• Chaga – Primarily for gut health, anti-cancer and respiratory tonic.
  • Reishi – Primarily for liver, respiratory, and anti-aging bitter. Add only 1–2 slices.
  • Shitake, maitake – Primarily for general immune system support.
  • Turkey tails – Primarily for cancer support.

Seaweed: This doesn’t require a long simmering time. Best added in the last 30 minutes;  1–2 strips are sufficient. (Use caution with hyperthyroid disease.)

Herbs and Spices

Use 1–2 tablespoons, or to taste. May be simmered in the broth from the onset. As a courtesy to my readers, I’ve supplied the Herbs2000 link for more information on each ingredient:

Note: You can never use too much garlic or onion (smiles)!

Winning Supplements for the Winter Woes

  • Immuplex: This is a powerful formula indicated for impaired immune system function, including infections, both bacterial and viral.
  • Congaplex: Contains, among other nutrients, calcium lactate, vitamins A and C complex, and protomorphogens to support the immune and lymphatic systems. Available in capsules and a children’s chewable.
  • Echinacea-C: Enhances the immune system. Indicated for colds, flu, inflammation, boils, and infections.

Fermented Foods and Beverages

Don’t forget that good gut flora is essential, as this list of benefits shows:

  • Prevents decay, not only in food but also in the bowels.
  • Stimulates the peristaltic movement of the intestines.
  • Assists in the circulation of blood.
  • Has a harmonizing effect on the stomach, strengthening the acidity of gastric juice when production lags. Reduces acidity when production is up.

To learn even more about fermentation and how to make your own fermented foods like kefir and beet kvass, see my Cook Your Way to Wellness DVD. And last, but certainly not least, remember to incorporate my favorite cod liver oil and high vitamin butter from Green Pasture.

Recipes to Stave Off the Winter Woes

Fire Cider

—Recipe courtesy of Rosemary Gladstar. For a good source of fire cider that contains turmeric and is already made for you, check out

This vinegar infusion is packed with antimicrobial and warming herbs–perfect for fending off bacteria and viruses during the winter season. Caution: Fire cider may be too strong for children, the elderly, or those who cannot tolerate hot, spicy beverages. For such individuals, you may dilute it by putting it in a soup or combining it with salad dressing.

1–2 heads of garlic
1 large onion
1 large piece of ginger root
1 small to large piece of fresh horseradish
1–3 hot peppers
Handful of peppercorns
Salt and/or honey to taste
Organic apple cider vinegar


  1. Using a food processor or by hand, chop up garlic, onion, ginger root, horseradish, and hot peppers.
  2. Place chopped ingredients in a mason jar. Add peppercorns. If desired, add salt and/or honey. Pour in enough apple cider vinegar to cover the plant material and then some.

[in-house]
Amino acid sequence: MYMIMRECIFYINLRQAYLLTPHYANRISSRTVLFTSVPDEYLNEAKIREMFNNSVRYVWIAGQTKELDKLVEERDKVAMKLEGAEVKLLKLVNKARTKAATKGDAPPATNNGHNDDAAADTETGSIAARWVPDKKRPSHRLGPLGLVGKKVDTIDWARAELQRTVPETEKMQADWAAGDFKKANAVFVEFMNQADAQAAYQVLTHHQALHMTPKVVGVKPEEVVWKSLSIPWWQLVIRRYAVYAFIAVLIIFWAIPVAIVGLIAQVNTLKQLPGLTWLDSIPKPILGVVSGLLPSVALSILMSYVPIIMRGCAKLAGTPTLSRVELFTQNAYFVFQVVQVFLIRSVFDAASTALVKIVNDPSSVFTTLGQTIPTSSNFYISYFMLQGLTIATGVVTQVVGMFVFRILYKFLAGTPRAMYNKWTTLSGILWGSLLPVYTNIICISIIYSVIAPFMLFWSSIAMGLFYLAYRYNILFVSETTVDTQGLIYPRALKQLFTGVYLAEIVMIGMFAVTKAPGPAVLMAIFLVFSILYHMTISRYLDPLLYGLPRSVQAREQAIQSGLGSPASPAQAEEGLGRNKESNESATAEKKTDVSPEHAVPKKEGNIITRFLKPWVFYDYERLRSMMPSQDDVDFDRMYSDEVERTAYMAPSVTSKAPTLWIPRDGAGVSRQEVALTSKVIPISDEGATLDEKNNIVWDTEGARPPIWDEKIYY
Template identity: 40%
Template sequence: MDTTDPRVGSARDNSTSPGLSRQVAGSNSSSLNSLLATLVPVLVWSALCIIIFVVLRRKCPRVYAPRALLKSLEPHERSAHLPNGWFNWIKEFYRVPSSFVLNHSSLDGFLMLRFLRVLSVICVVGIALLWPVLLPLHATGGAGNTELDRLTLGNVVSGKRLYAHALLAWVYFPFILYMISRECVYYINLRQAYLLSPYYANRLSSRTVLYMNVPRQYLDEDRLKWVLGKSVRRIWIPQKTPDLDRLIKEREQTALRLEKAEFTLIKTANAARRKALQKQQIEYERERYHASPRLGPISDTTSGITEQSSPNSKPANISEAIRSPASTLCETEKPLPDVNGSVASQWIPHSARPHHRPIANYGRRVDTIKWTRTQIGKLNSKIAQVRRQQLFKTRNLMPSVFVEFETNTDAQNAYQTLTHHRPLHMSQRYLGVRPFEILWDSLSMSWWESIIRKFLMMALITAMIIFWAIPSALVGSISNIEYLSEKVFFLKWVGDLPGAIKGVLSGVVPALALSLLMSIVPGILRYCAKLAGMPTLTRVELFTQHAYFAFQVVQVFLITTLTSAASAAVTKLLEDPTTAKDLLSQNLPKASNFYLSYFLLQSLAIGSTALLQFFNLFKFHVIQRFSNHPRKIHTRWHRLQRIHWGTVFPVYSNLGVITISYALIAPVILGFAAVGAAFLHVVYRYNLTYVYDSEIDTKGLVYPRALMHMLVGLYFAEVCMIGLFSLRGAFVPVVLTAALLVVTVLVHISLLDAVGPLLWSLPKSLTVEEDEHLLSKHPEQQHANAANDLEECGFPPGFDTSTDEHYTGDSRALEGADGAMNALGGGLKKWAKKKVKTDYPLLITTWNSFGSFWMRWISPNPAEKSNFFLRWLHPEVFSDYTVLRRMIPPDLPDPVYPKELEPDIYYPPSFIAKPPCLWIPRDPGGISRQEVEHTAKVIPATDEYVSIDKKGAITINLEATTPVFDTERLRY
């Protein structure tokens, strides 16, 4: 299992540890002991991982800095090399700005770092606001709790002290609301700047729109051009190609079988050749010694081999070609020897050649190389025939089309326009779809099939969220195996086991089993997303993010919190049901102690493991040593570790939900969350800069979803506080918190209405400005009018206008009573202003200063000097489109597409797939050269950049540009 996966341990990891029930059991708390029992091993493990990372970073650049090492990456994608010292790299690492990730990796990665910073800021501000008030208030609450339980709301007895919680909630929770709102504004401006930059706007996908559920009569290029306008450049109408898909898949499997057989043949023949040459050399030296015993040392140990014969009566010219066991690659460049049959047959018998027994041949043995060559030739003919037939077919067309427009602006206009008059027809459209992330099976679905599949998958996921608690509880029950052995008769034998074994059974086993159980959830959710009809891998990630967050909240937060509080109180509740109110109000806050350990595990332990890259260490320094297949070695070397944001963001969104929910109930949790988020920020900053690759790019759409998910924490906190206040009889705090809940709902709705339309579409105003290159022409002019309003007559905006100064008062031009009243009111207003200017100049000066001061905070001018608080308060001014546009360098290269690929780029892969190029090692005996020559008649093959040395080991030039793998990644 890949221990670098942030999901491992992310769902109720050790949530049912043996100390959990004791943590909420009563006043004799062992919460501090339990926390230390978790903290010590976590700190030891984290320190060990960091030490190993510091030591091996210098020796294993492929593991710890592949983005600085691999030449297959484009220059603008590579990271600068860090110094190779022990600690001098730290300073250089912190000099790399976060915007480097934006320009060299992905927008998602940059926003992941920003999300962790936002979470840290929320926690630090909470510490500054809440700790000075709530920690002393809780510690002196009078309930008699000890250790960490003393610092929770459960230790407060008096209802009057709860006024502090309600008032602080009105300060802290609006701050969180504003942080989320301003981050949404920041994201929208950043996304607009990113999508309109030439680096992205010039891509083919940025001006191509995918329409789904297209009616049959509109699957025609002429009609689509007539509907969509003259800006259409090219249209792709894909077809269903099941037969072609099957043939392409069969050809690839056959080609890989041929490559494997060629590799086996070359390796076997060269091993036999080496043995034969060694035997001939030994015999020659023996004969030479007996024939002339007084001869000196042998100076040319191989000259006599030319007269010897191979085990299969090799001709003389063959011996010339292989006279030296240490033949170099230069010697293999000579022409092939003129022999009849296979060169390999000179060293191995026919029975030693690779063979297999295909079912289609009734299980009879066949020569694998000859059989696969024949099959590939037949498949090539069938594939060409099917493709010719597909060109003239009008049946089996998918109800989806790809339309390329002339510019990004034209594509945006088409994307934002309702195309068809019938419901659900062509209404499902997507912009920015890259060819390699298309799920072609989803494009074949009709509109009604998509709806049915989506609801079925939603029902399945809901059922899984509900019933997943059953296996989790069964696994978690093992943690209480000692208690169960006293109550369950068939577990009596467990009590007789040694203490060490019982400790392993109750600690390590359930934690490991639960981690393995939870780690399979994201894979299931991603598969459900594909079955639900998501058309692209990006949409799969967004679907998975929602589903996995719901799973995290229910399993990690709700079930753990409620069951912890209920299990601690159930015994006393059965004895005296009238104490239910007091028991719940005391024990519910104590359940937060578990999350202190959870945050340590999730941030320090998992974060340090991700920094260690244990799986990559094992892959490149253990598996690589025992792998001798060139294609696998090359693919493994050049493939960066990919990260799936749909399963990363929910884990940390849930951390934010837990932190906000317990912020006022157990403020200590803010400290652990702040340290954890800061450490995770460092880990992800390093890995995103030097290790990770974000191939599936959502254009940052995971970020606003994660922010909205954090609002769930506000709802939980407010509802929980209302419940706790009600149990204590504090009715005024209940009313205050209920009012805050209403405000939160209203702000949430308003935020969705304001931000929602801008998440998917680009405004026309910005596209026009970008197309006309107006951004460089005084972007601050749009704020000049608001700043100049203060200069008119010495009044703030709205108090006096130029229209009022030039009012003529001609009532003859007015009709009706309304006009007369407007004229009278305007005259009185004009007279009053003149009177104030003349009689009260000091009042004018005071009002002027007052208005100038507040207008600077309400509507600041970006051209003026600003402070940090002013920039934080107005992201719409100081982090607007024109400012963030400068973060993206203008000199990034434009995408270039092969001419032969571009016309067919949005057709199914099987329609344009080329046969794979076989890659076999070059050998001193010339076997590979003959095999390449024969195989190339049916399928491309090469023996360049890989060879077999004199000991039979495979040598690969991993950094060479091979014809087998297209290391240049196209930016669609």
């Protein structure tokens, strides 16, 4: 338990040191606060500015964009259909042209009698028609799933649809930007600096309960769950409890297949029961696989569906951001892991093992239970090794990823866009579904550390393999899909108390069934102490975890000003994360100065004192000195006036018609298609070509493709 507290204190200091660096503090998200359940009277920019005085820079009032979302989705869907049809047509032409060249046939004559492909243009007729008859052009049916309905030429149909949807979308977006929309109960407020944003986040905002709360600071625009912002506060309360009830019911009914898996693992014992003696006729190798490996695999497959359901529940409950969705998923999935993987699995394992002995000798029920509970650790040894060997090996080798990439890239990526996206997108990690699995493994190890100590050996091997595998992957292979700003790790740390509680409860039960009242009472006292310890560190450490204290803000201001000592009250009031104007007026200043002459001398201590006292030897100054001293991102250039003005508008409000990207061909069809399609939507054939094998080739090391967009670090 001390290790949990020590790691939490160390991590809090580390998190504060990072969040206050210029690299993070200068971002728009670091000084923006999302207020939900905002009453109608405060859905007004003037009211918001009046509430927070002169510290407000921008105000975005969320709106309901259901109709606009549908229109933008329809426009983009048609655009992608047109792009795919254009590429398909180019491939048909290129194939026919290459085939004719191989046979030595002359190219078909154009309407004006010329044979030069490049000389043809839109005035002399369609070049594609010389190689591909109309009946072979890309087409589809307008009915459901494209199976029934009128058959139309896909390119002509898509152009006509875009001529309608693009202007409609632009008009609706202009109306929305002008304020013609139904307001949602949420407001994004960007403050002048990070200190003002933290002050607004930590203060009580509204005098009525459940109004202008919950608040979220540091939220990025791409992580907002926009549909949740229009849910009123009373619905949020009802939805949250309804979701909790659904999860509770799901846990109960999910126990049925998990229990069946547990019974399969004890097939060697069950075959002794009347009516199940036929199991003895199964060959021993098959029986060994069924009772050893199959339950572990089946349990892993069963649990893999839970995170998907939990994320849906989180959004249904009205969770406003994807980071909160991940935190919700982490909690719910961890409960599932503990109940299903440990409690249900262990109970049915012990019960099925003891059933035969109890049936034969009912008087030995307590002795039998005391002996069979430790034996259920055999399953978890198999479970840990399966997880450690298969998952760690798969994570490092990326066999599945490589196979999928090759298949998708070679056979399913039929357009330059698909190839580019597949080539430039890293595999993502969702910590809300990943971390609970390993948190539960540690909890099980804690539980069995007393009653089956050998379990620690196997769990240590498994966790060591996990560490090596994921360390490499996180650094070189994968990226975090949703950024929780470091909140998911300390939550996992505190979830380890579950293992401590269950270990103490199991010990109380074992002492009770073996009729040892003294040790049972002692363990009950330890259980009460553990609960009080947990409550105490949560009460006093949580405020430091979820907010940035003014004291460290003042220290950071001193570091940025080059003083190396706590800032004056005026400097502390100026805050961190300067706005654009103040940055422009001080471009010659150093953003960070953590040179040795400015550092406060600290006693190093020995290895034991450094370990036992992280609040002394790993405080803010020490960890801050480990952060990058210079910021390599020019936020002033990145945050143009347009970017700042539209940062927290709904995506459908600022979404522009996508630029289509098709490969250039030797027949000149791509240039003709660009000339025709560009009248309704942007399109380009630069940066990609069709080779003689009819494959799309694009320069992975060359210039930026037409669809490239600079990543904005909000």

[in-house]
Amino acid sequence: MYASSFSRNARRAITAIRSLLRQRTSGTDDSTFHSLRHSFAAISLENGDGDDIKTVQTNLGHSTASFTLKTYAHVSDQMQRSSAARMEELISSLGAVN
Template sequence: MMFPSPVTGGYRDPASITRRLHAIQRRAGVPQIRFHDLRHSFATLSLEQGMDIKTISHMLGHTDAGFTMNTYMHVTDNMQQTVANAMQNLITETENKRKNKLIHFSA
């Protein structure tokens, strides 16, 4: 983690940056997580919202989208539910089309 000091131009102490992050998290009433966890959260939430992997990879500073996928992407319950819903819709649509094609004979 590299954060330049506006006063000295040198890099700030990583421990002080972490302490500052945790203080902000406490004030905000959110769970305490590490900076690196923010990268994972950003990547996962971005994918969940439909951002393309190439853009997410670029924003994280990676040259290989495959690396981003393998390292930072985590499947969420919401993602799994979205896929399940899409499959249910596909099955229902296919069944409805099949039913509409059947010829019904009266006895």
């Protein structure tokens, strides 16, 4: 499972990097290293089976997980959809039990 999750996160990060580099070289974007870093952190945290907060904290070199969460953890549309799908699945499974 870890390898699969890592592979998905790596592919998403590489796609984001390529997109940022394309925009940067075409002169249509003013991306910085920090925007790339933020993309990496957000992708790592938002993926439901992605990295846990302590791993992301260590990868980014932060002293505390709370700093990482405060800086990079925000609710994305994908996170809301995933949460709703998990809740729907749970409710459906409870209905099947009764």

3. Let sit for at least 1 month, shaking occasionally. Strain and store in the cupboard.
  4. Suggest 1–2 or more tablespoons daily.

Basic Bone Broth

See the recommended books above for even more explicit bone broth recipes. The meat from the oxtails, chicken, or fish may be mixed into your medicinal bone broth soup for a hardy addition.

Chicken bone broth
: chicken back bones and feet
Beef bone broth: beef oxtails and/or marrow bones
High gelatin broth: 1 pig foot and chicken feet
Fish broth: snapper head and/or bones, or use some other non-oily fish (see special instructions below)

Add to above ingredients:
1 gallon or more water
½–1 tablespoon organic apple cider

Instructions for chicken, beef, or high gelatin bone broth:

  1. Place bones of your choice in a crockpot, or use a soup pot if you’re making it on the stovetop. Fill with approximately 1 gallon of water, or enough to cover the bones. Add apple cider vinegar to help extract the minerals from the bones.
  2. Set the crockpot on high for first hour, then turn to low for the remaining cook time. On the stovetop, allow broth to come to a gentle boil, then lower to a simmer for the duration of the cook time, about 12 hours. (See “Recommended Simmering Times” above.)
  3. Remove bones and/or marrow to a large glass bowl to cool. (Separate the marrow from the bone to add back into the broth.) Once the bowl has cooled, store in the refrigerator overnight. The following day, scoop the broth into BPA-free containers.
  4. Freeze or use a portion of the broth to make a medicinal bone broth soup right away.

Instructions for fish broth:

This requires special cooking instructions. Please see the recipe in my blog post “Fish Broth and Your Thyroid!

Hardy Root Stew

This creamy orange high carotenoid soup can be combined with sourdough bread or crackers to bring on a great night’s sleep. Modified and made to meet Nourishing Traditions criteria. You may freeze this stew for later use if desired.

1 large white onion, diced
4 or more cloves garlic, minced
2 tablespoons ghee or coconut oil
1 medium to large sweet potato, peeled and diced
1 medium white potato, peeled and diced